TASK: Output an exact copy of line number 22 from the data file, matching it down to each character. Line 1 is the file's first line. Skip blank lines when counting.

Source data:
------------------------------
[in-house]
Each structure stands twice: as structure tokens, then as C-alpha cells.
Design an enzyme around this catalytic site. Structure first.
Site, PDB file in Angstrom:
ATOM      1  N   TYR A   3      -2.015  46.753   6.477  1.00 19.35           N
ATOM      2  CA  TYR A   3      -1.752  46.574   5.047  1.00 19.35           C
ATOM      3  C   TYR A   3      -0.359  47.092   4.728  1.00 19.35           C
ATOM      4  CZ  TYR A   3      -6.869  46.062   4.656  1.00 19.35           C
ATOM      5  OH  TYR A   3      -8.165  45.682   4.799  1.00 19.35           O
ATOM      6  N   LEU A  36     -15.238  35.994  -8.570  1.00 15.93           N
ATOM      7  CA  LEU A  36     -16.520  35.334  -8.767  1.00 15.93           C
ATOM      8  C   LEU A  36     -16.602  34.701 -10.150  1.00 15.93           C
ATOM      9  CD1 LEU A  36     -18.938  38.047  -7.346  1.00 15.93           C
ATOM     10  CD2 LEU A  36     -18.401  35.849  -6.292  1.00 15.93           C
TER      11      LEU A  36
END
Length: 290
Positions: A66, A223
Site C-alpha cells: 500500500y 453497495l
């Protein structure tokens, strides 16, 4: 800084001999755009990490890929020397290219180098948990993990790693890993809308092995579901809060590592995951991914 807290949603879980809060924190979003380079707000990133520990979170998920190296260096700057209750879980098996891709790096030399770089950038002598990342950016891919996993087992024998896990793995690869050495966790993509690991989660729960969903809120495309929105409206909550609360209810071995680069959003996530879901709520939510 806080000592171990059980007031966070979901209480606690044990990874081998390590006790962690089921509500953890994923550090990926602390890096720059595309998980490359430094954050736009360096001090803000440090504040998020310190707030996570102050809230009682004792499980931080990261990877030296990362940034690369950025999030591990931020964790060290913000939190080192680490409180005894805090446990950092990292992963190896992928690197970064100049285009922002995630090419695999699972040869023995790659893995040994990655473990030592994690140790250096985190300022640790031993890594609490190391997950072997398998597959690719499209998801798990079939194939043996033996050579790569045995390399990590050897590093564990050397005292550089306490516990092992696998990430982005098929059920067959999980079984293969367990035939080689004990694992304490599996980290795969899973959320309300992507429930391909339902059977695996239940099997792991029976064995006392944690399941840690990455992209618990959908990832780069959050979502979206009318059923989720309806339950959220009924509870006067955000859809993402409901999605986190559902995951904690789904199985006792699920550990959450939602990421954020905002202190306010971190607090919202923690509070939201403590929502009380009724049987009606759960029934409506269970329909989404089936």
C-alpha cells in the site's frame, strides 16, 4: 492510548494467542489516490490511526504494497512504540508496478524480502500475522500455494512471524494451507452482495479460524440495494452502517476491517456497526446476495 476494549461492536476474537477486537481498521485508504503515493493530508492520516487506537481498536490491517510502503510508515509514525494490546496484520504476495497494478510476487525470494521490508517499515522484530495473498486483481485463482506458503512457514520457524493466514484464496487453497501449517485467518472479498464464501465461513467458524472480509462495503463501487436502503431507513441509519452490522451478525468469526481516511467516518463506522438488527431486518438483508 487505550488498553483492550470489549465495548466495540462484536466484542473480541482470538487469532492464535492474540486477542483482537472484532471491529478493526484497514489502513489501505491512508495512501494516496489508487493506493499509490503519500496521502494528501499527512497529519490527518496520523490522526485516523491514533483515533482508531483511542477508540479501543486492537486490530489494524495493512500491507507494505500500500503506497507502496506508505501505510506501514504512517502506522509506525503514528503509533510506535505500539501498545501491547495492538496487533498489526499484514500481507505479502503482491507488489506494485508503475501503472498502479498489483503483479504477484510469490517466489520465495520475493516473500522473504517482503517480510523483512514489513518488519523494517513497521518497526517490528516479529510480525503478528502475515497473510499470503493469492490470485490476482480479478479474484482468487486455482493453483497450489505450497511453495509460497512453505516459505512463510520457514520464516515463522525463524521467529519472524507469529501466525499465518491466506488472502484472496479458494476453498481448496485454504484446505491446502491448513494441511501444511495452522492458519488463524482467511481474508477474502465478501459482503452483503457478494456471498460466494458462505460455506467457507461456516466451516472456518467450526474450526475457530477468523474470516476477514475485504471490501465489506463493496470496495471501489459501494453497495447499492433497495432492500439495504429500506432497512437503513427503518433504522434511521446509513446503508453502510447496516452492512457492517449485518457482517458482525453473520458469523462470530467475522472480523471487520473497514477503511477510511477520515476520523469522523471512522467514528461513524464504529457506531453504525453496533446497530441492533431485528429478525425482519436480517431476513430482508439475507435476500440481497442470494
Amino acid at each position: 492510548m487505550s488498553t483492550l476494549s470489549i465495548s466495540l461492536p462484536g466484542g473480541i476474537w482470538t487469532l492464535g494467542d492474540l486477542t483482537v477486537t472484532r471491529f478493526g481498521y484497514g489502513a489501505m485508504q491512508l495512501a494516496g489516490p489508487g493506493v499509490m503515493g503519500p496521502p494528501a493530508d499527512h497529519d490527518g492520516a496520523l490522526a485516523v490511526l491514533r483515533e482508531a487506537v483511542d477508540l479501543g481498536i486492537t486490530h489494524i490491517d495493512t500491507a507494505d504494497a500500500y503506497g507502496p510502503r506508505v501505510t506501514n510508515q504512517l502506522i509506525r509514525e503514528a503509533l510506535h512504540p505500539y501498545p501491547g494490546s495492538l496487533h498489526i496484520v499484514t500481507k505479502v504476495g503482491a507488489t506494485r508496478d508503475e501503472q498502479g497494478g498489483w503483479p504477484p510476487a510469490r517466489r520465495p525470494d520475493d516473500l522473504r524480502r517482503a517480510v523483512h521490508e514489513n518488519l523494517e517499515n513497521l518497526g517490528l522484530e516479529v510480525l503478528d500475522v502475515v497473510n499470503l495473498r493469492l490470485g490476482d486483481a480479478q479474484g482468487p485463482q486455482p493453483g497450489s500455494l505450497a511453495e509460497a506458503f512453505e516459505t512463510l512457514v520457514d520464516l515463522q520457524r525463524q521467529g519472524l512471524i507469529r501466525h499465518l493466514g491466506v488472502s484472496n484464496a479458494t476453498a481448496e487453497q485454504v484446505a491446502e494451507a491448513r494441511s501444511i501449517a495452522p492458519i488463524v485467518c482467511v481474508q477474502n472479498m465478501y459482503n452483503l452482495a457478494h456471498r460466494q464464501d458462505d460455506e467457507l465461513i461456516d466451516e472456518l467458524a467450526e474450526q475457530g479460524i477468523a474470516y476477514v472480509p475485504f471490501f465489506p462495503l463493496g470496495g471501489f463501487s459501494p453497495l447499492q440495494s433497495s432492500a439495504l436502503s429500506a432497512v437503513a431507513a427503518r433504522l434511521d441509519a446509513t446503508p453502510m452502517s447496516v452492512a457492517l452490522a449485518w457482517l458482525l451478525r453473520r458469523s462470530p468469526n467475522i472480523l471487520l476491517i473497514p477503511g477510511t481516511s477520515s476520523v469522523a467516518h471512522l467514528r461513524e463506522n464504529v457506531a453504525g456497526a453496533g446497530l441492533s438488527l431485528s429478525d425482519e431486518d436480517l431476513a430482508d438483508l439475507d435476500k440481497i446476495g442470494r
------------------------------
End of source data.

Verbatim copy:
Amino acid at each position: 492510548m487505550s488498553t483492550l476494549s470489549i465495548s466495540l461492536p462484536g466484542g473480541i476474537w482470538t487469532l492464535g494467542d492474540l486477542t483482537v477486537t472484532r471491529f478493526g481498521y484497514g489502513a489501505m485508504q491512508l495512501a494516496g489516490p489508487g493506493v499509490m503515493g503519500p496521502p494528501a493530508d499527512h497529519d490527518g492520516a496520523l490522526a485516523v490511526l491514533r483515533e482508531a487506537v483511542d477508540l479501543g481498536i486492537t486490530h489494524i490491517d495493512t500491507a507494505d504494497a500500500y503506497g507502496p510502503r506508505v501505510t506501514n510508515q504512517l502506522i509506525r509514525e503514528a503509533l510506535h512504540p505500539y501498545p501491547g494490546s495492538l496487533h498489526i496484520v499484514t500481507k505479502v504476495g503482491a507488489t506494485r508496478d508503475e501503472q498502479g497494478g498489483w503483479p504477484p510476487a510469490r517466489r520465495p525470494d520475493d516473500l522473504r524480502r517482503a517480510v523483512h521490508e514489513n518488519l523494517e517499515n513497521l518497526g517490528l522484530e516479529v510480525l503478528d500475522v502475515v497473510n499470503l495473498r493469492l490470485g490476482d486483481a480479478q479474484g482468487p485463482q486455482p493453483g497450489s500455494l505450497a511453495e509460497a506458503f512453505e516459505t512463510l512457514v520457514d520464516l515463522q520457524r525463524q521467529g519472524l512471524i507469529r501466525h499465518l493466514g491466506v488472502s484472496n484464496a479458494t476453498a481448496e487453497q485454504v484446505a491446502e494451507a491448513r494441511s501444511i501449517a495452522p492458519i488463524v485467518c482467511v481474508q477474502n472479498m465478501y459482503n452483503l452482495a457478494h456471498r460466494q464464501d458462505d460455506e467457507l465461513i461456516d466451516e472456518l467458524a467450526e474450526q475457530g479460524i477468523a474470516y476477514v472480509p475485504f471490501f465489506p462495503l463493496g470496495g471501489f463501487s459501494p453497495l447499492q440495494s433497495s432492500a439495504l436502503s429500506a432497512v437503513a431507513a427503518r433504522l434511521d441509519a446509513t446503508p453502510m452502517s447496516v452492512a457492517l452490522a449485518w457482517l458482525l451478525r453473520r458469523s462470530p468469526n467475522i472480523l471487520l476491517i473497514p477503511g477510511t481516511s477520515s476520523v469522523a467516518h471512522l467514528r461513524e463506522n464504529v457506531a453504525g456497526a453496533g446497530l441492533s438488527l431485528s429478525d425482519e431486518d436480517l431476513a430482508d438483508l439475507d435476500k440481497i446476495g442470494r